Two Israeli soldiers and two Palestinian militants were killed yesterday during fierce exchanges of gunfire across the Gaza border in one of the worst ground-fighting incidents since the offensive in the territory last year.
The bloodshed came as the Israeli Prime Minister Benjamin Netanyahu was holding a crucial meeting of his inner cabinet to consider US demands for confidence-building measures to help bring the moderate Palestinian leadership into political negotiations.
The Israeli military said the soldiers were killed, and two others injured, in the exchanges after troops opened fire at "terrorists who were planting explosives along the security fence in the southern Gaza Strip". The deaths, along with that of a soldier killed last week near the Gaza border by friendly fire, are the first Israeli military deaths since January last year.
Unusually after a year in which Hamas had been seen as seeking to enforce a de facto ceasefire, the Islamic faction's military wing said that its gunmen had been involved. Its spokesman Abu Obeida said that Israeli forces "fell into an ambush" east of Khan Younis. Officials in Gaza's Hamas-run Interior Ministry reported fire from Israeli artillery, tanks and a helicopter gunship. Local medics reported five Palestinians wounded; Al Arabiya Television showed residents crowding round ambulances unable to reach the scene because of gunfire.
Yesterday's meeting of Israel's security cabinet broke up without an official statement and is likely to be resumed after the Sabbath. A statement said that both internal discussions and talks with the US would continue. It followed a week of high tension that reached a peak with Mr Netanyahu's meeting with US President Barack Obama on Tuesday night. The crisis in US-Israeli relations, which originally blew up over Israel's plan to build another 1,600 homes in the Ramat Shlomo settlement, has since widened.
Israel's government is facing a series of demands by a sceptical Washington administration for measures designed to show it is serious about negotiating a peace deal with the Palestinians. Officials suggested before the inner cabinet meeting that two of the main sticking points remained: US demands for a curb on settlement construction in East Jerusalem, and for an extension of the partial freeze on settlements in the West Bank beyond September.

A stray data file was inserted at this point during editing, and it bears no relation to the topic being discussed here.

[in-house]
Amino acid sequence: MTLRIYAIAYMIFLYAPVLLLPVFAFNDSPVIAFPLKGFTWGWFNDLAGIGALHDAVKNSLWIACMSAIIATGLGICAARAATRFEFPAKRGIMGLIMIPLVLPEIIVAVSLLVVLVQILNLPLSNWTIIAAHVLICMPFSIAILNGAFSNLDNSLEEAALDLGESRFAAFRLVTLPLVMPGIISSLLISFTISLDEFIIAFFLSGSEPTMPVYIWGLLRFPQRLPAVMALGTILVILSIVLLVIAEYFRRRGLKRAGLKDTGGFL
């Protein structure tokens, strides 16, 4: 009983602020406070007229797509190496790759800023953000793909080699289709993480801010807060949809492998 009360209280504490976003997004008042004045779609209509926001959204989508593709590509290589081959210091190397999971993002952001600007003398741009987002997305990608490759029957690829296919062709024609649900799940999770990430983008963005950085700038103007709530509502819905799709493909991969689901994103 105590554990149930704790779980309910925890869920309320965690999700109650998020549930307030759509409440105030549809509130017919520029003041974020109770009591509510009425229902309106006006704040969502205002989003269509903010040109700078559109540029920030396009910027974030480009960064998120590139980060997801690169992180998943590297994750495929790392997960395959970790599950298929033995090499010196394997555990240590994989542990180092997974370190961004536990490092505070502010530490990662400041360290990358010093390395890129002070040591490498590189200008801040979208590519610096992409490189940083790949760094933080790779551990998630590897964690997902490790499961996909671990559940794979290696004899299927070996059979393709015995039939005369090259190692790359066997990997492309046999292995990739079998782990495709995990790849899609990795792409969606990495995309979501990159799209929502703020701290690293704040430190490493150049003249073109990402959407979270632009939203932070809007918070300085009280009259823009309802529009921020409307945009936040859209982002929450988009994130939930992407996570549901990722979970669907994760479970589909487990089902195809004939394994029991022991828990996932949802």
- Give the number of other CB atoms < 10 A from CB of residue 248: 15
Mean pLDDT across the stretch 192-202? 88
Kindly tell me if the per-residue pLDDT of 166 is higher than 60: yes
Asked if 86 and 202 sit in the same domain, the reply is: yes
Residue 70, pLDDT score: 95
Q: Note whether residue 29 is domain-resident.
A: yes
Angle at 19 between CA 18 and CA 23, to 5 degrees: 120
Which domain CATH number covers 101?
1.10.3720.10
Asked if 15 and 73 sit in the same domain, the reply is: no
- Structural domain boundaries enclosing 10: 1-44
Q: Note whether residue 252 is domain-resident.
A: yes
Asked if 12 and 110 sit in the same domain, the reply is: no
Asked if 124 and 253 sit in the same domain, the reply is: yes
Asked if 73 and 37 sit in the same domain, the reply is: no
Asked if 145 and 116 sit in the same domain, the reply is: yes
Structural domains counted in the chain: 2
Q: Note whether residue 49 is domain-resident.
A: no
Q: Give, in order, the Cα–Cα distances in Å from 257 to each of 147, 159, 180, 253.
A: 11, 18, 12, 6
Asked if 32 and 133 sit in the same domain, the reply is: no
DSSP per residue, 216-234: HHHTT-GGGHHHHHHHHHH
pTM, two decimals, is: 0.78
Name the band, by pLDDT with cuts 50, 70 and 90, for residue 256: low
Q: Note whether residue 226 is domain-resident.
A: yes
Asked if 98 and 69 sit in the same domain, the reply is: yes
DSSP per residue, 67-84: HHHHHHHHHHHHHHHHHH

Shortly before yesterday's meeting Mr Netanyahu's office said: "The Prime Minister's position is that there is no change in Israeli policy on Jerusalem." He has consistently maintained that Israel has a right to build Jewish housing in East Jerusalem, which it unilaterally annexed after the 1967 Six Day War – a step never accepted by the international community.
Israel's President Shimon Peres hinted this week at a possible compromise where Jewish settlement in inner-city Arab areas of Jerusalem might slow but not in outlying so-called "Jewish neighbourhoods" beyond Israel's 1967 border. But it was far from clear that even that would be acceptable to cabinet hardliners who want unrestrained building across East Jerusalem. While the Defence Minister Ehud Barak and the Deputy Prime Minister Dan Meridor are said to favour going as far as possible towards meeting US demands, hardliners, such as Foreign Minister Avigdor Lieberman and Mr Netanyahu's Likud colleague Benny Begin are said to be in the rejectionist camp.
The tone of this week's diplomacy was set by 90 minutes of talks on Tuesday at the White House which were adjourned by President Obama so he could dine with his wife and daughters.
The President reportedly told Mr Netanyahu to contact him if there was "something new". It prompted one commentator to say that Mr Netanyahu had been treated like the President of Equatorial Guinea.